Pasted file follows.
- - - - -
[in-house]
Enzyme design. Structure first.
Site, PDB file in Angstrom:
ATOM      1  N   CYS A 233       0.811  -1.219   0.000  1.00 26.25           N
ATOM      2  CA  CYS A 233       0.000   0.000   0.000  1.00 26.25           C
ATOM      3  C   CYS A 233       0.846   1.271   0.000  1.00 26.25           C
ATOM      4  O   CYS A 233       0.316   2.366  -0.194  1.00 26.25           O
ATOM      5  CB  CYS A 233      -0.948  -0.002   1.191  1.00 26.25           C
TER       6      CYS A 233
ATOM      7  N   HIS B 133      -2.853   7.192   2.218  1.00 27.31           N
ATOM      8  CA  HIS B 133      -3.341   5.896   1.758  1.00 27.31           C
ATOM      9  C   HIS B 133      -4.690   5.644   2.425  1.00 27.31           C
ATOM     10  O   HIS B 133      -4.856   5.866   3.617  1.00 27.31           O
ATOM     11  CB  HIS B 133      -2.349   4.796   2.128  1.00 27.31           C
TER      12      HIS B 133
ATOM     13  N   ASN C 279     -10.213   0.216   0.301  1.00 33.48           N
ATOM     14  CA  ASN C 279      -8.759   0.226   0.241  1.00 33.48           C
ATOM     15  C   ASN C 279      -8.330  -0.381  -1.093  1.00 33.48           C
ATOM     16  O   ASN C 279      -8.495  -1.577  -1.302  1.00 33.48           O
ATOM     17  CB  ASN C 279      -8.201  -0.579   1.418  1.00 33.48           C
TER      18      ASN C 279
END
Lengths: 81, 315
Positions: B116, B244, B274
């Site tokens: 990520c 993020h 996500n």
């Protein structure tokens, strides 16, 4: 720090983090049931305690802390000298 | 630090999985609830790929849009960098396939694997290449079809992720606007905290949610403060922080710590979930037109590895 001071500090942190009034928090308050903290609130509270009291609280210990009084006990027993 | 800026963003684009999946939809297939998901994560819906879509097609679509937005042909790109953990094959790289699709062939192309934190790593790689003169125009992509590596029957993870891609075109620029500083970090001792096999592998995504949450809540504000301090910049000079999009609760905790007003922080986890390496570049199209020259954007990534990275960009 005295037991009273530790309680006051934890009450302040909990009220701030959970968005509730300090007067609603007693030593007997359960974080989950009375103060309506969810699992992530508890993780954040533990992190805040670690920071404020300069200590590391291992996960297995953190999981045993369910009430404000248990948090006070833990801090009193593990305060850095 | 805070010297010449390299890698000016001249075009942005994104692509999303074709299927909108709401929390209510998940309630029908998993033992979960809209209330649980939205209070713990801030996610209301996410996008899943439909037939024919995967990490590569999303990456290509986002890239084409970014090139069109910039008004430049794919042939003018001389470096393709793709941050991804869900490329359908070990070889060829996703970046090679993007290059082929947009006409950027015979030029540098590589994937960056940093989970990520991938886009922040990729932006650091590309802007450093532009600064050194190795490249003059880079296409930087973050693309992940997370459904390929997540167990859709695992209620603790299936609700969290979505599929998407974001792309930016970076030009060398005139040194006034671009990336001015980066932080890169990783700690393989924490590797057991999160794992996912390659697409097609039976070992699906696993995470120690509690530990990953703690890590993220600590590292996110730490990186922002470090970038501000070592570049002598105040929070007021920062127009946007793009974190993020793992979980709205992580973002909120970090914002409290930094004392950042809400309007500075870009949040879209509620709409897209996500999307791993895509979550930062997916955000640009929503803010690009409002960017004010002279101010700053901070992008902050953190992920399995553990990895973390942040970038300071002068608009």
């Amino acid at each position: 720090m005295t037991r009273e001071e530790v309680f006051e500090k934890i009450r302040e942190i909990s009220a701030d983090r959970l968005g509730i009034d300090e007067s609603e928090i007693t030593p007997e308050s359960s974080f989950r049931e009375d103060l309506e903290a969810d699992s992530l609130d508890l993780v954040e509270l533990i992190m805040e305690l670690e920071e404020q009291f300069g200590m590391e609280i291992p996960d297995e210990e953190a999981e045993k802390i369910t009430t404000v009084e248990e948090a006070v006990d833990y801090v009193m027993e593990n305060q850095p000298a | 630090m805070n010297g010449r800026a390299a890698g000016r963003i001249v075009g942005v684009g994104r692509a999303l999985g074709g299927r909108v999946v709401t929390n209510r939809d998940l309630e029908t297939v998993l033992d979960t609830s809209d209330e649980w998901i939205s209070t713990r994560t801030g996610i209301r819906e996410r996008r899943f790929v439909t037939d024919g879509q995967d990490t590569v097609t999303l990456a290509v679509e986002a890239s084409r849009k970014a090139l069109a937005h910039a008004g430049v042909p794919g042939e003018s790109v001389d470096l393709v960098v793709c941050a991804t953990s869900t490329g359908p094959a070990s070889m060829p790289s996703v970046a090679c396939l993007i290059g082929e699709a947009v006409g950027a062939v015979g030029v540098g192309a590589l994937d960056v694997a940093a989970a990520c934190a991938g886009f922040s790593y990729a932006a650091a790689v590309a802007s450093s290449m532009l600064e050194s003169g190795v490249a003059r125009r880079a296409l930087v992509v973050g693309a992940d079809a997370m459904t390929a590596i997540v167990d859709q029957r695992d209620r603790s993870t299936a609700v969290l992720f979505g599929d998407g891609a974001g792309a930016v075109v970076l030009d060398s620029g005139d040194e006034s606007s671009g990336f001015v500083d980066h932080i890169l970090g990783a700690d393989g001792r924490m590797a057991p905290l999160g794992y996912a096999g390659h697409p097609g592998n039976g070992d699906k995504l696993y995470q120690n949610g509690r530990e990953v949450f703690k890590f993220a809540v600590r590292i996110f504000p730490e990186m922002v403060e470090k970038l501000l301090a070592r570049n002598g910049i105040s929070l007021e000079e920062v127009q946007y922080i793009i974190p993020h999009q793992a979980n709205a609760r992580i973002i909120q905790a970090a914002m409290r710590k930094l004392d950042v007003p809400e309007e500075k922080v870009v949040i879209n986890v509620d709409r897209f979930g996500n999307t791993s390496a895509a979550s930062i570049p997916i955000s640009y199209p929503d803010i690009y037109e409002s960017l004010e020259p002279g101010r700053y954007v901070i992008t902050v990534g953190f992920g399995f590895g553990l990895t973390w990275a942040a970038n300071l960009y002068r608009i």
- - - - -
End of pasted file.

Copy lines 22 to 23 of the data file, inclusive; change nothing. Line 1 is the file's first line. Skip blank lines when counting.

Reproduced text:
END
Lengths: 81, 315